The PRA has accepted a number of proposals in the government’s new transport strategy, but pointed out a range of flaws in the way it is being implemented.

PRA chairman Brian Madderson said: “Following the Department for Transport (DfT) publication of the Road to Zero strategy earlier this week, the PRA accepts the White Paper’s ambition of ending the sale of new conventional petrol and diesel cars and vans by 2040 and seeing at least 50%, and as many as 70%, of new car sales and up to 40% of new van sales being ultra-low emission by 2030.”

Policy initiatives which the PRA accepts include:

• use of the VED regime to incentivise reductions in emissions;

• an Electric Vehicle Energy Taskforce to bring together the energy and automotive industries;

• charge points in new homes and on new street lighting columns where appropriate;

• a £400m investment fund to encourage charging infrastructure to be installed;

• making a common minimum method of accessing public charge points mandatory; and

• allowing recharging without a pre-existing contract.

However the PRA has raised concerns about measures in the Automated and Electric Vehicles Bill to which the White Paper refers, and which is in the final stages of passing through Parliament.

It objected to mandating charge points to be made available at motorway service areas (MSAs). It said it might not be appropriate for the cars, vans and lorries using those service areas, and it was wrong for the transport secretary to try to second guess the market as it was unfair interference in the business of the MSAs.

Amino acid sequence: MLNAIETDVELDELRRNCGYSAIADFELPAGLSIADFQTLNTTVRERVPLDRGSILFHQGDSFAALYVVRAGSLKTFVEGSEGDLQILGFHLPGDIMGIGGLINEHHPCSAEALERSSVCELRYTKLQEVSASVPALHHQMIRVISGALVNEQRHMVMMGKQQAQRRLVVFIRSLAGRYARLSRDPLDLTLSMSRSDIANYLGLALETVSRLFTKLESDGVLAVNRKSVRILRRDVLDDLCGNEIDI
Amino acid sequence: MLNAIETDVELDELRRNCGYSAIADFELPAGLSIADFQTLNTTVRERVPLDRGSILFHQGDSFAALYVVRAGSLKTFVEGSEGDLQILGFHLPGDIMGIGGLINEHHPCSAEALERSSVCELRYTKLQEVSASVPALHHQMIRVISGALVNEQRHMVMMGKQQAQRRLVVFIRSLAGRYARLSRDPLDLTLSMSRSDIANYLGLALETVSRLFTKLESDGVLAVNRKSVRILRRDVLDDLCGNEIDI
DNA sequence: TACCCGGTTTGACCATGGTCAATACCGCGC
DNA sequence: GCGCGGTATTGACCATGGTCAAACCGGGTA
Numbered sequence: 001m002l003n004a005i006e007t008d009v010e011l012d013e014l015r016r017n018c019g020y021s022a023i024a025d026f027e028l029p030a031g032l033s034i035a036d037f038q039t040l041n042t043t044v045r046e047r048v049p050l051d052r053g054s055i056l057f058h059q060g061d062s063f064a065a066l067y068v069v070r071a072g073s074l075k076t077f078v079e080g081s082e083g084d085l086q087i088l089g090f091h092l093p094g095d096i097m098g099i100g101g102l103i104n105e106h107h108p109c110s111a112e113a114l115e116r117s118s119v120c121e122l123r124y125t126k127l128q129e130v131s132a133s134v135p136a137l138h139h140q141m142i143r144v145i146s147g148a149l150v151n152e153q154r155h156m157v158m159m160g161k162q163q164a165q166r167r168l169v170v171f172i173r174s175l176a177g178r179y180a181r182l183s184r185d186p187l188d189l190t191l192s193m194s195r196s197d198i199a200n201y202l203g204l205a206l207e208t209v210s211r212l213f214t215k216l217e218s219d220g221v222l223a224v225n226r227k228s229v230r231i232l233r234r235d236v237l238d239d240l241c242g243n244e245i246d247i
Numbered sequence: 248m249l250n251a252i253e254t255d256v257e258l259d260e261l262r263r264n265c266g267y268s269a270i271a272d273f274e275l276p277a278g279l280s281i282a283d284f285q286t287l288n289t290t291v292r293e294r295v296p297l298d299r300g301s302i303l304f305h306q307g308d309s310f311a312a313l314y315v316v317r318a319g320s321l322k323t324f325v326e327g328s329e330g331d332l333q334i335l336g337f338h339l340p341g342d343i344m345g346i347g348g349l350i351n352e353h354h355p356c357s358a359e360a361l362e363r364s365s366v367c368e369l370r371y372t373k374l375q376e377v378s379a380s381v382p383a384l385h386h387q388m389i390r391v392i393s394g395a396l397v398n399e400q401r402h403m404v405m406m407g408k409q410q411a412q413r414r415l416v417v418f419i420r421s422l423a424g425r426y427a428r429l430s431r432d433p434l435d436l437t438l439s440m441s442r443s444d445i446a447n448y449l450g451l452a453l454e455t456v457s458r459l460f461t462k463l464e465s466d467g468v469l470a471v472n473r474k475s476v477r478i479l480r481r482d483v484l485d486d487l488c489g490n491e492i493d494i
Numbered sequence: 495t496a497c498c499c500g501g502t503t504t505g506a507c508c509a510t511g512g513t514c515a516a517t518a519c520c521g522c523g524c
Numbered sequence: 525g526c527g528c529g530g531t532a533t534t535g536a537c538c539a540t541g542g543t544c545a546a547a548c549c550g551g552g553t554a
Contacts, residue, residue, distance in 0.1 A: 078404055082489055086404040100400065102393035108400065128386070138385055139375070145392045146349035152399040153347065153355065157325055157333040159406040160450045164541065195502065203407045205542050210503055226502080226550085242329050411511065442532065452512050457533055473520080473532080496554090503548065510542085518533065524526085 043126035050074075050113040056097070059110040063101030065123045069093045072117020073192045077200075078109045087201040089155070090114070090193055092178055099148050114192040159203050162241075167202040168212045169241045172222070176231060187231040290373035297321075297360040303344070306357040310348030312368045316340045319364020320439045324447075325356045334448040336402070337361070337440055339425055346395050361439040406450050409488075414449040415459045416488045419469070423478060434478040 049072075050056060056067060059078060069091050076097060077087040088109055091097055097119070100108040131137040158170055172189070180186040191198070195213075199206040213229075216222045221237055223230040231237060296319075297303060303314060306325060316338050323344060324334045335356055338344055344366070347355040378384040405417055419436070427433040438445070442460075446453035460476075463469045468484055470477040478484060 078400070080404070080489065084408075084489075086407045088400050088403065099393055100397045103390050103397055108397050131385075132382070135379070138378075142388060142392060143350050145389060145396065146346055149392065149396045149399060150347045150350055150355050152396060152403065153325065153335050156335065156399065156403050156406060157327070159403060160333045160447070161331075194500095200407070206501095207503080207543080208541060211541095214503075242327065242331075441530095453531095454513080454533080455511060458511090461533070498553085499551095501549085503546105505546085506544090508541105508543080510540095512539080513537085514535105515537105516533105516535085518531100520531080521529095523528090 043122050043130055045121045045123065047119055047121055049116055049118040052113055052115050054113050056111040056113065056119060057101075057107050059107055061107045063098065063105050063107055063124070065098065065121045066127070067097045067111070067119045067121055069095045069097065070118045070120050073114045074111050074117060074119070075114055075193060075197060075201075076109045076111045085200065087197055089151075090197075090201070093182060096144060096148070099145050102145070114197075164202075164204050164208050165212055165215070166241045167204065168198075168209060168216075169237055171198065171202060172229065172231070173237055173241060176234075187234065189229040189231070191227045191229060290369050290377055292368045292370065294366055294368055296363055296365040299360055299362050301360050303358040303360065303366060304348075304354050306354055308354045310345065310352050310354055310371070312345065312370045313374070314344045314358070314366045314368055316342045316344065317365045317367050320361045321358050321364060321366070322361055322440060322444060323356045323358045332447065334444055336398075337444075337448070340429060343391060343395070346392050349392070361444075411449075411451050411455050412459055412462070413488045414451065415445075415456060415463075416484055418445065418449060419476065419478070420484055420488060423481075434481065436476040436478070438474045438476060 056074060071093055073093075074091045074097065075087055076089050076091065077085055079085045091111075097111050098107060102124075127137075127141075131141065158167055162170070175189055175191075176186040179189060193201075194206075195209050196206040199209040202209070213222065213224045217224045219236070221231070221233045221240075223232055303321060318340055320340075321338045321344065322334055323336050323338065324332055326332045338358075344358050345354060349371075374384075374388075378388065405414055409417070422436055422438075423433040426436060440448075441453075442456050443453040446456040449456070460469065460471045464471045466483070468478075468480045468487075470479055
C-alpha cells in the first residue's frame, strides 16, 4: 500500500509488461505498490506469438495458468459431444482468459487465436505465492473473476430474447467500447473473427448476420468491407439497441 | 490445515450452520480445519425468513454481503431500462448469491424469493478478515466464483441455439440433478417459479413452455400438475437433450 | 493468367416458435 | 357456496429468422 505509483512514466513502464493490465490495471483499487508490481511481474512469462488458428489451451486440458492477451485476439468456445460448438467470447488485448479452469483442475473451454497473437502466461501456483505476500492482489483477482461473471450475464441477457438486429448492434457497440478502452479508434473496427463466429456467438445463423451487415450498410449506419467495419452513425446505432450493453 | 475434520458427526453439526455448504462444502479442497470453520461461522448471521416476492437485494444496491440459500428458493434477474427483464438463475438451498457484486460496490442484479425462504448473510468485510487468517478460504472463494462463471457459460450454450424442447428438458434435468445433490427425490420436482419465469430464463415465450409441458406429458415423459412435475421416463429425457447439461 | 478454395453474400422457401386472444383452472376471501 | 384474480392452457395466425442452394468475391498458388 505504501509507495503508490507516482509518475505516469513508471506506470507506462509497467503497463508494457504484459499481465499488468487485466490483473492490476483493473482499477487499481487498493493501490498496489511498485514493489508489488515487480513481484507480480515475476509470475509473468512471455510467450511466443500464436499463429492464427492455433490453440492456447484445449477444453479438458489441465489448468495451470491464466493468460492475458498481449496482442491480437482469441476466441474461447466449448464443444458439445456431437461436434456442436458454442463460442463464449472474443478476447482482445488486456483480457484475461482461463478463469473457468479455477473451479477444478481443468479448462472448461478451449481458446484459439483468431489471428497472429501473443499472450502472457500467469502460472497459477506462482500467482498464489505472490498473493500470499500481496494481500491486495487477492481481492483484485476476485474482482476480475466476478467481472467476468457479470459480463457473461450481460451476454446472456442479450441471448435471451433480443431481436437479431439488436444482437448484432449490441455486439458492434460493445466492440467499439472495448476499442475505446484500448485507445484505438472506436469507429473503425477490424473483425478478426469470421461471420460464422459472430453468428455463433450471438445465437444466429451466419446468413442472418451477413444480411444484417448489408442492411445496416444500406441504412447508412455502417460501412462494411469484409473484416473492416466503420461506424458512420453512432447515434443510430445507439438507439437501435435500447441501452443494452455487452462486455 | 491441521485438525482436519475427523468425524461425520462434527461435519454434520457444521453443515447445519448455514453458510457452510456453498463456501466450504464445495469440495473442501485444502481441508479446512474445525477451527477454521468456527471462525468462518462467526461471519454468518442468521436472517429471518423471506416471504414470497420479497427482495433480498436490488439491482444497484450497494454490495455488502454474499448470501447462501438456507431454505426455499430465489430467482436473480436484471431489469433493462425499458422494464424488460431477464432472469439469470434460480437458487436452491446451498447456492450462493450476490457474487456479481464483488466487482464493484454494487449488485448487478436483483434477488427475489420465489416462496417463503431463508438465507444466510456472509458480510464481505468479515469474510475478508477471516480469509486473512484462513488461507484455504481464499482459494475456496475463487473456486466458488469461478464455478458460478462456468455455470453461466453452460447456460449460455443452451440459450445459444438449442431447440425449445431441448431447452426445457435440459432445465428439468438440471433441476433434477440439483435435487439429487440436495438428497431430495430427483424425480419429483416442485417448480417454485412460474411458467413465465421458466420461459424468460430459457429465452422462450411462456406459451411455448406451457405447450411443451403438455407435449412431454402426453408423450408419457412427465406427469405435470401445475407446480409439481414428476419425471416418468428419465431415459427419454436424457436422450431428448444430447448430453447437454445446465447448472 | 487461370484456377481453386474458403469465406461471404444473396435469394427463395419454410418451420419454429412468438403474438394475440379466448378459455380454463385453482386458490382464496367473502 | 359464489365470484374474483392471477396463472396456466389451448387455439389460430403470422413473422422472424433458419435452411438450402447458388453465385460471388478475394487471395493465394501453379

The PRA also opposes granting powers to Metro Mayors to direct large fuel retailers to provide electric charging points. It said it should not be down to government to decide how a fuel supplier chooses how much of a particular fuel to supply, as the fuel supplier needs the freedom to adapt to market circumstances.

The definition of “large fuel retailer” is not given in the Automated and Electric Vehicles Bill, and the PRA cautioned this gives even more arbitrary power to Metro Mayors. It warned this could hold back investment in new technologies from the owners of larger sites while they wait to see if they are going to be dictated to.

The PRA also warned that smaller sites might be identified by politicians as big enough to be forced to put in charging points which the politicians – not the demands of car users – deem suitable, and that some could be driven out of business as a result.

It also called for clarity on whether the £400m investment fund included in the Road to Zero will be accessible for forecourt operators wanting to include these facilities at their sites. It said that with demand so low, petrol filling stations need an incentive to invest.